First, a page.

Before we start, I feel I should confess… I probably don’t fit into the primary target audience for this game. You see, in truth, there are quite a few places I don’t fit any more – I am a grown man. That said, I am also a Disney fan, and one whom recently made his first trip to The Magic Kingdom a year shy of his 30th Birthday… without any kids in tow. It was amazing, but just like Bandai Namco’s Disney Magical World, on first glance you’d be mistaken for thinking it was intended only for devout Mouseketeers.
Not to be mistaken, a love of all things Disney will surely help going into the game, but when Mickey joyously proclaims “We’re gonna have a blast today!” from the 3DS menu, it isn’t just his ever-present optimism on display; he’s actually on to something.
From the outset I had very little idea of what to expect – I’d seen a few advertisements and screenshots floating around the internet during the American launch back in April, but from a gameplay standpoint at least, I was going in blind. It looks an awful lot like an Animal Crossing, Harvest Moon, or the more recent Tomodachi Life rolled in Disney glitter I thought, and much like these titles before it falling under the broad genre of a life simulator.
Magical World sets itself apart from other such games by placing a heavy emphasis on the collection and crafting of objects through a series of story driven tasks, however, with said tasks – rather unexpectedly for a Disney property – played out via a series of dungeon-crawling quests, each of which seeing the player banish ghosts and ghoulies with the ultimate aim of collecting pre-designated materials from hidden treasure chests.
Disney Magical World sees your created character or Mii receiving an invite to the kingdom of Castleton – a promised land with “magic found around every corner” – and naturally, home to Mickey, Minnie and over 60 other colourful Disney characters. Castleton acts as the static central hub for the title, with a punctuated mini-map on the bottom screen showing hints towards the wider world beyond that at the foot of the castle. A brief introduction from Walt’s mischievous mouse follows, before we’re seemingly set off on our first task – meeting some more famous faces.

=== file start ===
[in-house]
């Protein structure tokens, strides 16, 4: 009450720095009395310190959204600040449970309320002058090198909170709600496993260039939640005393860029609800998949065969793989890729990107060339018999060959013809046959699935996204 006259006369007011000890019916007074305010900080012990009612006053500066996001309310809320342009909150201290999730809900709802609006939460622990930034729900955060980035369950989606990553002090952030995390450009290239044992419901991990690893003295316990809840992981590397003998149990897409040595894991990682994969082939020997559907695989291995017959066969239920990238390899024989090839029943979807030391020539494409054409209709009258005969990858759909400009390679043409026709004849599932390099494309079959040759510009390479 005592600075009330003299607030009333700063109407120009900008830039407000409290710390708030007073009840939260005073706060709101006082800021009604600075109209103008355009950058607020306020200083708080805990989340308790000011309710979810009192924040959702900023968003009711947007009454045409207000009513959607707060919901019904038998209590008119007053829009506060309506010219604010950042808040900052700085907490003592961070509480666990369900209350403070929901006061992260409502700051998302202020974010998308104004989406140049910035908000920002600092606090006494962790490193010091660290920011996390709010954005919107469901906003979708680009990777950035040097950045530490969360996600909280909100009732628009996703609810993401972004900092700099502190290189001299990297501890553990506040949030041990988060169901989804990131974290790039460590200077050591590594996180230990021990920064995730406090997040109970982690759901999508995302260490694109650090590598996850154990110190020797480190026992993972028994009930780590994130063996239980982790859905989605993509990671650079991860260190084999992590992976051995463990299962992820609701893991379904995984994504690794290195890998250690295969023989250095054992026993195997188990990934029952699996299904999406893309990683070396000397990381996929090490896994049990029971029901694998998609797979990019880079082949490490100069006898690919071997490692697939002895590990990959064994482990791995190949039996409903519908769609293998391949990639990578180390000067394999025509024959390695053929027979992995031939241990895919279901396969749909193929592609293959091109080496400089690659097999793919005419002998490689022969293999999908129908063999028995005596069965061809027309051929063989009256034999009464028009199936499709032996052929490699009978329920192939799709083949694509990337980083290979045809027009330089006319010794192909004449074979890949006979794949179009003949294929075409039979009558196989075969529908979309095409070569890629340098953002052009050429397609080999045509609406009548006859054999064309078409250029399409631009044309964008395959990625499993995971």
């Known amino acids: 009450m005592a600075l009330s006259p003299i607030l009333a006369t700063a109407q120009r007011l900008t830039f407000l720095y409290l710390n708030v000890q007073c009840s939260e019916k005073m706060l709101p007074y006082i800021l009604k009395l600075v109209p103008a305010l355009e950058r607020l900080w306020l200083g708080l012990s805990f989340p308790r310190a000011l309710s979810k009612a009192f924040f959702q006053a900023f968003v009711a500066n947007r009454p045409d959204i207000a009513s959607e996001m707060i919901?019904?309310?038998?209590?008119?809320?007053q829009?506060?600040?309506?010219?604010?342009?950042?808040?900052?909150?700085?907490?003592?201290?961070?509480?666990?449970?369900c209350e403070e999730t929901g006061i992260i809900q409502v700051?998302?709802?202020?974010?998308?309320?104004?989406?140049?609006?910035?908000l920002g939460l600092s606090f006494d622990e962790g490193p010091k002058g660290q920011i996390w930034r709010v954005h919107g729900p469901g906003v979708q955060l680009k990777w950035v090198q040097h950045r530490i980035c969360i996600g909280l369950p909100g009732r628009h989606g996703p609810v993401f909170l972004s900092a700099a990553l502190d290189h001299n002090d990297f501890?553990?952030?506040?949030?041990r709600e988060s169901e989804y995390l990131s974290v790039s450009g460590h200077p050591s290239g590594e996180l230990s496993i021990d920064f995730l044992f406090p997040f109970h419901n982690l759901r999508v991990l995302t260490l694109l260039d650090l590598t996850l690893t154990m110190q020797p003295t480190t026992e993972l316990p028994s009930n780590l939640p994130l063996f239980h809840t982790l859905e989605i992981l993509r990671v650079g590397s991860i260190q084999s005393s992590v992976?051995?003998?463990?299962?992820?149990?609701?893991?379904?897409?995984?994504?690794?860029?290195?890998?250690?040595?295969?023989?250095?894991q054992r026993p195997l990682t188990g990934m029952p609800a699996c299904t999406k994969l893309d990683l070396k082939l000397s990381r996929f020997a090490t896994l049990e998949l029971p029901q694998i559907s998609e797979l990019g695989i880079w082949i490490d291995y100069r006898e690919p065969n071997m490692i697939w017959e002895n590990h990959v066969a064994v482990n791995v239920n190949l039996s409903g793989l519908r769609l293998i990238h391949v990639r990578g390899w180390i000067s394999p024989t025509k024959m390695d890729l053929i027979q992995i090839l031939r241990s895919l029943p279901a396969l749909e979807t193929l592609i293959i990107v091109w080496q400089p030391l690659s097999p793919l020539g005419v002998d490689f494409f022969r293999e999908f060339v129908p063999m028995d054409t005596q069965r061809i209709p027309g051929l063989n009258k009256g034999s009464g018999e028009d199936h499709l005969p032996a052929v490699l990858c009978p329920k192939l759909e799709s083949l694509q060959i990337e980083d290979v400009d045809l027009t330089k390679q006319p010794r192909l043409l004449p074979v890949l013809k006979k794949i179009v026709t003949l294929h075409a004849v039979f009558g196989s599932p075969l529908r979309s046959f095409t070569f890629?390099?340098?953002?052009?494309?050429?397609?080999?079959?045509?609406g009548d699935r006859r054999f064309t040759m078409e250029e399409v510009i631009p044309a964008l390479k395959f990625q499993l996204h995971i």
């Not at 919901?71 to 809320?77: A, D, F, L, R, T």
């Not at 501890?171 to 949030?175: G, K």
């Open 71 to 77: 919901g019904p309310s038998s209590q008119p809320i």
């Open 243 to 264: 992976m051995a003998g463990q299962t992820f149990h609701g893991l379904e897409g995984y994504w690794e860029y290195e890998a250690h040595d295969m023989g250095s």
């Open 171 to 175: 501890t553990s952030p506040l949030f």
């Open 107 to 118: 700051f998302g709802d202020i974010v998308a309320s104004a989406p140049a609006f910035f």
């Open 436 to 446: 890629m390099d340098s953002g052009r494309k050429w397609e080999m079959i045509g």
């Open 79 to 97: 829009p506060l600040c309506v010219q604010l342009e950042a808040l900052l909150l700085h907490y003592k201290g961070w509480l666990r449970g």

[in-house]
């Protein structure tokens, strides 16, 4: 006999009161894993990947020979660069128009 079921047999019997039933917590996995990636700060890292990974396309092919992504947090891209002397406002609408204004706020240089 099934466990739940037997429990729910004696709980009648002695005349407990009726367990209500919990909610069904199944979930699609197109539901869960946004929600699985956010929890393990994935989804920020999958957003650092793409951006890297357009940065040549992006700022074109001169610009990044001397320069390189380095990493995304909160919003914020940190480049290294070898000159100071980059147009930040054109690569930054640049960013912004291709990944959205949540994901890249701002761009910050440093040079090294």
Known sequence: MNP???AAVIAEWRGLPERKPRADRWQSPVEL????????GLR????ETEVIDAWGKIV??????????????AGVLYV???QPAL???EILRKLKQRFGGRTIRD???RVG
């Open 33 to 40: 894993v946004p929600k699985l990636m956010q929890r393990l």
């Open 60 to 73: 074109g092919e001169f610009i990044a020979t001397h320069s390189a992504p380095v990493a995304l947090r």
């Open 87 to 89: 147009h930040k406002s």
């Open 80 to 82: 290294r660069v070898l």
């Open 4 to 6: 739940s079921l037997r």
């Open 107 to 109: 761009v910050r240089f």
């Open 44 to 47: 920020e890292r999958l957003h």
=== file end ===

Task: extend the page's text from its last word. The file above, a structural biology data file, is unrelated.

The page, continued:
Daisy, Donald, Scrooge McDuck, and The Rescue Rangers all then lead us through a rather laborious tutorial, each introducing their own specific role within the town – be that learning how to fish with Donald, trying on, and crucially, purchasing, some new outfits in Daisy’s boutique, or knocking together some new items in Chip & Dale’s workshop, should buying them from McDuck’s department store be a little out of your price range.
There are quite a few different aspects of play to get to grips with early on, and it definitely takes a while, so expect a lot of hand-holding, but with a game so coherently targeted at a younger audience thankfully these are varied enough to be interesting, while somehow, still mostly boiling down to pressing the action button at the right time, as not to be too taxing.
Similarly, despite the apparent go-anywhere, do-anything open world nature of the game, Disney Magical World manages to maintain a fairly linear progression system; your in-game progress is measured, inexplicably, by the collection of Happy Stickers (keep those unnecessary adjectives coming, guys), and with each sticker you collect, a new objective, area or Magic Quest (oh, there we go again) will become available.
As with every other collectible in the game, the size of your Sticker pile is documented on the lower screen with a press of X, and in this instance, there’s even a handy ever-present “Recommended Stickers” selection which points you in the right direction if you’re missing one or two before your next meeting with Pooh or Princess Jasmine.
It took me a good couple of hours of point-to-point instruction and collecting my first few stickers through quests before the world opened up fully, but even at this relatively early stage of the game it was becoming quite clear that Magical World holds a virtual toy-chest full of content, all with the level of polish you expect from a Disney and Nintendo project.
Unfortunately, despite the attention to detail in the game’s aesthetics, Magic World’s quests will quickly become a repetitive slog if you let them. The goal may be as varied as collecting lavish cloth for Cinderella’s ballgown, or finding food for Alladin’s camels, but ultimately the loosely formed puzzles are just that, and require little more than a combination of walking from A-to-B, killing ghosts, flicking switches, and opening chests – all accomplished with a few presses of the A button.
To its advantage, Magical World shies away from forcing a fast paced romp through memorable Disney fare, instead allowing players to make their own adventures – moving at a steady, relaxing pace – and rewarding exploration. In that sense Magical World is never leading you towards doing any one thing in particular, promoting the creativity and customisation on offer at every turn.
The ongoing collection of crafting materials means objectives within the game will progress even when you’re not consciously working towards them, and whilst you’ll come across time sensitive quests on occasion, these will simply reset after the designated period and appear again later – meaning if you don’t want to battle a certain ghost or harvest a certain crop right now, alternatively choosing to buy a new pair of princess pumps, you don’t have to.